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Religious Women in Greece and Rome

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Religious Women in Greece and Rome Religious women in Greece and Rome Introducing Anderson pp. 24-66 – PowerPoint PPT presentation

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Title: Religious Women in Greece and Rome


1
Religious Women in Greece and Rome
  1. Religious women in Greece and Rome
  2. Introducing Anderson pp. 24-66

2
Greek Women in Religion
  • Pomeroys description of three cults in which
    women were prominent emphasizes several features
    of womens history
  • The close association with sexuality virgins
    involved in purification rituals, for instance
  • From sexuality to reproduction women in
    Thesomorphian fertility ritual
  • Production weaving a new robe for Athena every
    four years (two girls between 7 and 11) Why?
    What has not yet happened to their bodies?

3
Importance of the rituals?
  • Pomeroy claims that when one woman was rejected
    to serve as kanephoroi, her brother Harmodius and
    his friend Aristogiton killed Hipparchus,
    Pisistratus son
  • They were both killed for their assassination

4
Mother-Daughter Ceremony
  • Pomeroy also looks at two cult festivals to
    Demeter Mother nature
  • She hid her daughter, Kore or Persephone, away in
    a cave where the maiden worked in wool
  • However, intrigued by the narcissus, she wandered
    away from her mother and was captured by Hades

Demeter and wheat stalks
5
Why womens rituals?
  • Pomeroy suggests two reasons
  • Matriarchy
  • Natural connection between birth and fertility
  • She ignores, however, the high value on
    virginity, the constant affirmation of womens
    daily roles and expectations in the rituals (at
    work, serving, maintaining a good reputation in
    order to participate, etc.)

Kore
6
Roman religion
  • For Roman women, participation in religion could
    be both an obligation and a pleasure. (Pomeroy,
    205)
  • Two categories, religious ceremonies native to
    Rome and Oriental imports, such as Isis rituals
  • For Roman women, unlike Greek, participation was
    much more categorized
  • Plebian and patrician
  • Respectable women and disreputable
  • Age, free or slave, etc.
  • young virgin, celibate adult, wife, wife married
    only once (univira) and widow

7
Fortuna goddess of fortune
  • To Pomeroy, Romans used religious sanctions to
    promote socially desirable behaviour
  • Guaranteed fruits of the earth and womens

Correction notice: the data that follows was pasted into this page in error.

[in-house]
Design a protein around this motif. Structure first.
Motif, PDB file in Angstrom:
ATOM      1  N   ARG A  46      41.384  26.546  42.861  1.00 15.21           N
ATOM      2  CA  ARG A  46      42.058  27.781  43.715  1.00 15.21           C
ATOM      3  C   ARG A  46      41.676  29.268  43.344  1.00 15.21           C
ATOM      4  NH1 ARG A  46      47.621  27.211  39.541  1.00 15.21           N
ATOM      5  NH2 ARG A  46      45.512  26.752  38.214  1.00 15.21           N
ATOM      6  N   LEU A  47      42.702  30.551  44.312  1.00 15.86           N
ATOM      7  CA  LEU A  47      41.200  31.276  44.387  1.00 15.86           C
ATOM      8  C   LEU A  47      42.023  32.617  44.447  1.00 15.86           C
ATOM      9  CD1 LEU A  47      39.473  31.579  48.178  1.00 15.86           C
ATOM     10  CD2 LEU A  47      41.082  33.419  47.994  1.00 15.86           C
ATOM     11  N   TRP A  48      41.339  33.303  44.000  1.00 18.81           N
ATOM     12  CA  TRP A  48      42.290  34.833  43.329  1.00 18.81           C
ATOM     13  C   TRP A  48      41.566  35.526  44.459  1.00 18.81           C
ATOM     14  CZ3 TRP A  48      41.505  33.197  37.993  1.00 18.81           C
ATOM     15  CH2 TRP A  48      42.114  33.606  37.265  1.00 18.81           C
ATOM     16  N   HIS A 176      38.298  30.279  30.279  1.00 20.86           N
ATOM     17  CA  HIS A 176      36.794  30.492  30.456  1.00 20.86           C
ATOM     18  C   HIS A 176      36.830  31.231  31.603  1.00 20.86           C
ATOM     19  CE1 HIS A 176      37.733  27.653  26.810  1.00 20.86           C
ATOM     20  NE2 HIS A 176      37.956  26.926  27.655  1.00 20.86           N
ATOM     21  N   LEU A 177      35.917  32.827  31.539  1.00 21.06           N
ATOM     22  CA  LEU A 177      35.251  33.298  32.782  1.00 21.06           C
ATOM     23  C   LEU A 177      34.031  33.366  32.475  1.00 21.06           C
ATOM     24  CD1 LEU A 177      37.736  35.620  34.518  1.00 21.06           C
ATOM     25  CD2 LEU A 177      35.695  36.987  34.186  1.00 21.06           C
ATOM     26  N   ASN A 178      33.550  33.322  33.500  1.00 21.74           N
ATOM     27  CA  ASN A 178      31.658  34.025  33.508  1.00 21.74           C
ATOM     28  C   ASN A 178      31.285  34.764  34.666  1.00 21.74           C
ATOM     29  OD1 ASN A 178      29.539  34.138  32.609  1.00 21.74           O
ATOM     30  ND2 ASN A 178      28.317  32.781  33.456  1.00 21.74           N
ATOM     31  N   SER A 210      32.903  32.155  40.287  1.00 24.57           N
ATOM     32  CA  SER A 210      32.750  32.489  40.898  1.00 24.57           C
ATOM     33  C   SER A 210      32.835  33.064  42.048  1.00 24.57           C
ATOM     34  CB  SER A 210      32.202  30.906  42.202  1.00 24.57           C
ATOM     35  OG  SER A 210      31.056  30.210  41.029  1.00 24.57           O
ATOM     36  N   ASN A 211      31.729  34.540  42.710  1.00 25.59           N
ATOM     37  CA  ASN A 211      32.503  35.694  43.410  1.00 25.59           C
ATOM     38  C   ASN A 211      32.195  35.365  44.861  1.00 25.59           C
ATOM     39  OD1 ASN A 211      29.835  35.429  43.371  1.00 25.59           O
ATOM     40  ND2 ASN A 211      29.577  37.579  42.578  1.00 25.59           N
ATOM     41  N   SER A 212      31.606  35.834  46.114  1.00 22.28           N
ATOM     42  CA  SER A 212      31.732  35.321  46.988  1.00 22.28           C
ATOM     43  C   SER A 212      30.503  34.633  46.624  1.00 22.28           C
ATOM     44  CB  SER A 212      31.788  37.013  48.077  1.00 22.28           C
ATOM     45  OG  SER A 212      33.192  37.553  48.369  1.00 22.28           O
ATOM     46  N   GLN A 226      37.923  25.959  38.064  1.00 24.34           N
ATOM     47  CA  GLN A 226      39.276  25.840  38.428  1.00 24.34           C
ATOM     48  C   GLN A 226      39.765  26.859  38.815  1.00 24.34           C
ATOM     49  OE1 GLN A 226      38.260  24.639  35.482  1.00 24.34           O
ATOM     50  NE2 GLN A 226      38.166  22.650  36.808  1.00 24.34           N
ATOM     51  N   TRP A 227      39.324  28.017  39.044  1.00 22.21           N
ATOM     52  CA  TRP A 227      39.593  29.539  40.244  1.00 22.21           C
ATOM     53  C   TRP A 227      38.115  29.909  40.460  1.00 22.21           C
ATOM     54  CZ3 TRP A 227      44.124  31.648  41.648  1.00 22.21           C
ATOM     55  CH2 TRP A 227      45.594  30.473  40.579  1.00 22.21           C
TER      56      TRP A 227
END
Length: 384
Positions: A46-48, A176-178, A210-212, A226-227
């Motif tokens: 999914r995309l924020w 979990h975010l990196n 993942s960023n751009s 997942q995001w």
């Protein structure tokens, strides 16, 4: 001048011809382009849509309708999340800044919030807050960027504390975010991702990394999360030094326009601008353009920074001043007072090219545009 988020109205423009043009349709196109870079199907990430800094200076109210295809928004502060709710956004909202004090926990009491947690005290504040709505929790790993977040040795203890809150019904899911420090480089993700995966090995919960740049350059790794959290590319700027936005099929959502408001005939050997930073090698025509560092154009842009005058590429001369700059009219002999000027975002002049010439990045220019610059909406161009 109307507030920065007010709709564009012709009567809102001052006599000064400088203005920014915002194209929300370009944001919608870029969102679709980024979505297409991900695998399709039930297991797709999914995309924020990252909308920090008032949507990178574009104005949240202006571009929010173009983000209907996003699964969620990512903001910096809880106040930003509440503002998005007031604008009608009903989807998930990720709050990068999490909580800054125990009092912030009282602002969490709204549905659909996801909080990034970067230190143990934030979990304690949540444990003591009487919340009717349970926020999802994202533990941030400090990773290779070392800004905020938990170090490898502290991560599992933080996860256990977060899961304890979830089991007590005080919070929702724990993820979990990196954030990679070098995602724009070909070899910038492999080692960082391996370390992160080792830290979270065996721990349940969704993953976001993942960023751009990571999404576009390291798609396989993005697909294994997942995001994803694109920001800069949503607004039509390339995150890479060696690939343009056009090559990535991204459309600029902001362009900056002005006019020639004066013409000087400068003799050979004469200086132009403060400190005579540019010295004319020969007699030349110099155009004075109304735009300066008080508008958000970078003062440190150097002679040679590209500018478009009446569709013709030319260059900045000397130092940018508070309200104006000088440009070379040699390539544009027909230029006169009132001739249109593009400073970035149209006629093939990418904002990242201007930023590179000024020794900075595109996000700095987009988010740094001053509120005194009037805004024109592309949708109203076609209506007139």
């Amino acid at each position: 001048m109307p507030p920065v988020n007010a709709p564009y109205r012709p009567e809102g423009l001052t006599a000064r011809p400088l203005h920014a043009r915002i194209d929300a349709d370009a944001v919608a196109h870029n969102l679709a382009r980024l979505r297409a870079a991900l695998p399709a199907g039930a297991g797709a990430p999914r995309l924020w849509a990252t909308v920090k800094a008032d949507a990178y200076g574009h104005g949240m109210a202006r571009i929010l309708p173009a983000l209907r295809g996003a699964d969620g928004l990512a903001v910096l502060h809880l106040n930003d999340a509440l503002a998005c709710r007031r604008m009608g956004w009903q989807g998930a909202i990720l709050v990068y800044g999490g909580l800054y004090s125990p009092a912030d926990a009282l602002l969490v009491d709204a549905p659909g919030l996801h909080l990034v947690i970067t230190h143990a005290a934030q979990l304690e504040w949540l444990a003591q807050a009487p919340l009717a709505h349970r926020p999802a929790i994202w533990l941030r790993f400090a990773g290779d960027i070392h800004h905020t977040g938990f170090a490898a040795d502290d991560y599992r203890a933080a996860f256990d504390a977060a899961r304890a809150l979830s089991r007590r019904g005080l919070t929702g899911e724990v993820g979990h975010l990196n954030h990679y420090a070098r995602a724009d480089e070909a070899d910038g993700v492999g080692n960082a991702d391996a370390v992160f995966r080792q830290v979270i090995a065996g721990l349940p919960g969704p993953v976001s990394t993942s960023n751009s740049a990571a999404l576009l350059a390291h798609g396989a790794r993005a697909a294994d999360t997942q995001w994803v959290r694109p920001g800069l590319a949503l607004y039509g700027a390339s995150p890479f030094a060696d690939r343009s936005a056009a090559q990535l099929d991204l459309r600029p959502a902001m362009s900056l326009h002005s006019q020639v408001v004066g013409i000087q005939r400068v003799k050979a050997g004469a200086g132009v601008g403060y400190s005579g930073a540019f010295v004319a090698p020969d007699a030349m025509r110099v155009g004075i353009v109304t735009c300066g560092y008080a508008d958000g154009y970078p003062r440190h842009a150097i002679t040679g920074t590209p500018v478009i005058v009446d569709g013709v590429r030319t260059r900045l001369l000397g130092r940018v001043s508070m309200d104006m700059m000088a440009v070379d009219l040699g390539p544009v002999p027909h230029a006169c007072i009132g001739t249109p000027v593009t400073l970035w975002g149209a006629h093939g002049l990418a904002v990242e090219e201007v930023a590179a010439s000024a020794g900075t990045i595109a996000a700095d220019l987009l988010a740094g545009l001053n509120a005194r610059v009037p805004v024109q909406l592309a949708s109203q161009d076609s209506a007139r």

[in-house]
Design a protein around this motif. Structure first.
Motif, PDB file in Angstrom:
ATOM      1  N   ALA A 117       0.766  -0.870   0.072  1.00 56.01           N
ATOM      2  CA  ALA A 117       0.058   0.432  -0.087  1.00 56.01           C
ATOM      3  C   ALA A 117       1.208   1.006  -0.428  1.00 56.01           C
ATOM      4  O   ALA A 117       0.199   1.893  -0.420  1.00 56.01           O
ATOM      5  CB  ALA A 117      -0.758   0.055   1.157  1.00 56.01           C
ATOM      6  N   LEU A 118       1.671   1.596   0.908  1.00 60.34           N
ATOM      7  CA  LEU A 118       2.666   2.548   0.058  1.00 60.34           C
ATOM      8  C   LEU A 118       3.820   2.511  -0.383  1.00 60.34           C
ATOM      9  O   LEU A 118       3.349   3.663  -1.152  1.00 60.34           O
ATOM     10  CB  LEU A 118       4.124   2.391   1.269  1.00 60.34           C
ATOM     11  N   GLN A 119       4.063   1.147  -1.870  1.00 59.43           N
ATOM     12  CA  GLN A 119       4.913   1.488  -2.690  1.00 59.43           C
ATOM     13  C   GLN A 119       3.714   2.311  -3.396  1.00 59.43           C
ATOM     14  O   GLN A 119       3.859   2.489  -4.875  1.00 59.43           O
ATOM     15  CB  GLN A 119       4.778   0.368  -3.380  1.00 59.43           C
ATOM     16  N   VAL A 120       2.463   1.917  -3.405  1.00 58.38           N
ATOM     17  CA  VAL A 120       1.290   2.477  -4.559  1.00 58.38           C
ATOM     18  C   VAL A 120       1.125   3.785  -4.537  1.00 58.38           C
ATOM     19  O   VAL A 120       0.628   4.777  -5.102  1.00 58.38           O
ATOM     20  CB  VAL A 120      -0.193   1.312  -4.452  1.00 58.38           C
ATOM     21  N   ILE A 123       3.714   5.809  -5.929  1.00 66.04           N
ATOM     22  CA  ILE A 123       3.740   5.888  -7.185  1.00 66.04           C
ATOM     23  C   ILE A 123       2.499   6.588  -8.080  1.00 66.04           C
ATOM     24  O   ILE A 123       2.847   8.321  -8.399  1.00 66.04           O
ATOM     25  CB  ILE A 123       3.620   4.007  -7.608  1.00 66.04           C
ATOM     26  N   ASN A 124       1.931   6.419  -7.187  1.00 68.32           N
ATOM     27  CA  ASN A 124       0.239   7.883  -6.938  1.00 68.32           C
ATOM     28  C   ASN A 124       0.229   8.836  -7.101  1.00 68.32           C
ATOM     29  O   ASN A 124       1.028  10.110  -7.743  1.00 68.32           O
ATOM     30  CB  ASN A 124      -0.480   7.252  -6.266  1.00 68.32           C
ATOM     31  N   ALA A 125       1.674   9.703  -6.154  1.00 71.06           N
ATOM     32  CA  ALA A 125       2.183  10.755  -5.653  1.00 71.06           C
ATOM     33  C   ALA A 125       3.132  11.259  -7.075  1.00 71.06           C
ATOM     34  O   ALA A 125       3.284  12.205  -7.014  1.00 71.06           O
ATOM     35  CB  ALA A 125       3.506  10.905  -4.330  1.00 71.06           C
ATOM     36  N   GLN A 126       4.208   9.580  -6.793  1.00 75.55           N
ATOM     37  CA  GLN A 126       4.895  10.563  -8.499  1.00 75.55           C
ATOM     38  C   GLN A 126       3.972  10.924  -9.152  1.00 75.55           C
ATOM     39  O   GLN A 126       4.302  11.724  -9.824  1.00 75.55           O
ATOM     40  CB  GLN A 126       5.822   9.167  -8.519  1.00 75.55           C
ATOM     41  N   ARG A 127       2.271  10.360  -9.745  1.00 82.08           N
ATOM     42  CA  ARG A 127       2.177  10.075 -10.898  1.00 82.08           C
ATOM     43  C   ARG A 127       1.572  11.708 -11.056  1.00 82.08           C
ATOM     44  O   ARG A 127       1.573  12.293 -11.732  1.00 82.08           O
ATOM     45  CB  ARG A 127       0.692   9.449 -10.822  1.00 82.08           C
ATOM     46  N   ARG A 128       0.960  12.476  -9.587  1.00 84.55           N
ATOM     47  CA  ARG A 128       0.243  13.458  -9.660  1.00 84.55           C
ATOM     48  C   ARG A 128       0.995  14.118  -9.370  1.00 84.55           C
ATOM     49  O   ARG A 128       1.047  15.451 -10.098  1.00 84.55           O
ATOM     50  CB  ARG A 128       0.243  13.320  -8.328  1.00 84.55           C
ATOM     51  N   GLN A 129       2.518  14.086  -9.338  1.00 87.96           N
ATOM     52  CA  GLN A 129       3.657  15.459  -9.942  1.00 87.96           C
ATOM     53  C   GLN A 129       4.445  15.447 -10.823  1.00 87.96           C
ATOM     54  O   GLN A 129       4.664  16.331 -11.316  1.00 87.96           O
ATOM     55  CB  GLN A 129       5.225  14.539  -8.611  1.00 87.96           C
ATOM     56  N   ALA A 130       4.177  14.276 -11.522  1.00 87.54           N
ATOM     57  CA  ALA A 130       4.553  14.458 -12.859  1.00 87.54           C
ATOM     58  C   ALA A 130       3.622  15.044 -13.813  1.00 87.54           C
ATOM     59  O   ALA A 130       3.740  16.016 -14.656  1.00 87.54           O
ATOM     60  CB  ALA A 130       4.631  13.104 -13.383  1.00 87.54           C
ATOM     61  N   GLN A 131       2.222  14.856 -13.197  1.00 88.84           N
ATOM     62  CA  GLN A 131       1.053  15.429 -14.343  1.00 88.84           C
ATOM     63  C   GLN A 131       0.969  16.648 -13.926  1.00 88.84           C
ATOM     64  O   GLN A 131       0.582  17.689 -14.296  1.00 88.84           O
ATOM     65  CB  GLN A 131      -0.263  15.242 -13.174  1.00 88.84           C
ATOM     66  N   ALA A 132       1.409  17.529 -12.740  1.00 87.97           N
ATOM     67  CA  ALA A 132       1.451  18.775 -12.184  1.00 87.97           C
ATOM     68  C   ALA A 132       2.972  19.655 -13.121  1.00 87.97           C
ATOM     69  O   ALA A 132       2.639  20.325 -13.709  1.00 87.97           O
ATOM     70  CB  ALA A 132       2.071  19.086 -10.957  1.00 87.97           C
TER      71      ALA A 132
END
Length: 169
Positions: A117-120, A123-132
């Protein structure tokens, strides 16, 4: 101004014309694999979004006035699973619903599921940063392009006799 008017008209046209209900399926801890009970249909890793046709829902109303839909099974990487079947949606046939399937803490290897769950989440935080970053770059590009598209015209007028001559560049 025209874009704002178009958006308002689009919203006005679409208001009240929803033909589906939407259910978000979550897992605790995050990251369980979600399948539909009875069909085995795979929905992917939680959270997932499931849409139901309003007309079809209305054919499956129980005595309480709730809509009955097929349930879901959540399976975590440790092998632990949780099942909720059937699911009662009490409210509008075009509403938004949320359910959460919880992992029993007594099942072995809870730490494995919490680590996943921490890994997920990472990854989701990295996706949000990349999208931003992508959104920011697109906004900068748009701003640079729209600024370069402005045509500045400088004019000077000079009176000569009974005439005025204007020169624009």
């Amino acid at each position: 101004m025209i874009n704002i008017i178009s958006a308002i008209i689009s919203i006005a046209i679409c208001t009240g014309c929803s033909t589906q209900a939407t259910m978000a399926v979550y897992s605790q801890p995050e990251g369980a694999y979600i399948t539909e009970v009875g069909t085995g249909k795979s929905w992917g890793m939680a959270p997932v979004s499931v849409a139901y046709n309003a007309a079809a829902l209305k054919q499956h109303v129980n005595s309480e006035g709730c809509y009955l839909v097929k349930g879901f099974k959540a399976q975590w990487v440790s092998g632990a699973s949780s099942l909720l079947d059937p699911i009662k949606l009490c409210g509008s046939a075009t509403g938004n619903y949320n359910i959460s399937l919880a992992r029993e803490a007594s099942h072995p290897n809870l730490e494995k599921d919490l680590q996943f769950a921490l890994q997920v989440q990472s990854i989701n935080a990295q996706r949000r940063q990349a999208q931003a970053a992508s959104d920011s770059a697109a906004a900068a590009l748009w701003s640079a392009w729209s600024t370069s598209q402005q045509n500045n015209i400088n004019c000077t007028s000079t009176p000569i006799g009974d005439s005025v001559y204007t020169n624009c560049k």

physical maturation and sexual fulfillment

8
Mens commentary on womens religion
  • Livys writing demonstrate that he served
    Augustus marital principles (cults centered on
    child-bearing, chastity and family)
  • Juvenal satirized womens participation in the
    rituals, suggesting that while a ceremony was on,
    women could drink and make lewd gestures
    (etc.!!!) but he did not criticize the Vestal
    Virgins

9
Vestal Virgins
  • Vestals lasted from about 600 BCE to 394 CE
  • Persecution of the vestals in times of
    political strife shares the belief in the close
    relationship between the virtue of women and the
    welfare of the political state
  • Commentators include Aristotle, Livy and
    Tacitus, speaking of several states and the
    womens lack of virtue the major contribution to
    the fall of these states (Sparta, Etruria, Rome)

Vestal virgin statues (Rome)
10
Emancipated women?
  • The lives of Vestals were severely regulated,
    but in some respects they were the most
    emancipated women in Rome (213)
  • The XII Tables gave these women the legal right
    to be freed of pater familias
  • They could drive through Rome in a chariot
  • They had preferred seating at theatre and games
  • Yet they became increasingly difficult to find

11
Ceres and Tellus
  • Both associated with agriculture and human
    fecundity
  • Both were goddesses of marriage
  • Roman expansion assimilated Ceres with Demeter
    (syncretism) and the myths and rites of
    Demeter/Ceres were performed by women

ceres
12
Tellus
  • Tellus, Terra Mater the earth mother (as with
    Greek Gaia or Ge)
  • Three separate festivals during the year for her

13
Oriental cults
  • Isis cult is very different
  • It addressed the emotional and religious needs of
    both men and women
  • Isis could be all things to all people and thus
  • Henotheistic belief in one god without denying
    the existence of others
  • Wife, mother, whore, supreme Egyptian god in
    Hellenistic and Roman worlds

14
Mithras
  • On the ultra-male side, one group not interested
    in Isis were Roman soldiers, who instead followed
    the cult of masculinity and militancy found in
    Mithras

Mithras slaying a bull
15
Epilogue
  • To Pomeroy, the women who are known to us are
    those who influenced matters of interest to men
    (228)
  • Prostitutes, political women and masculine women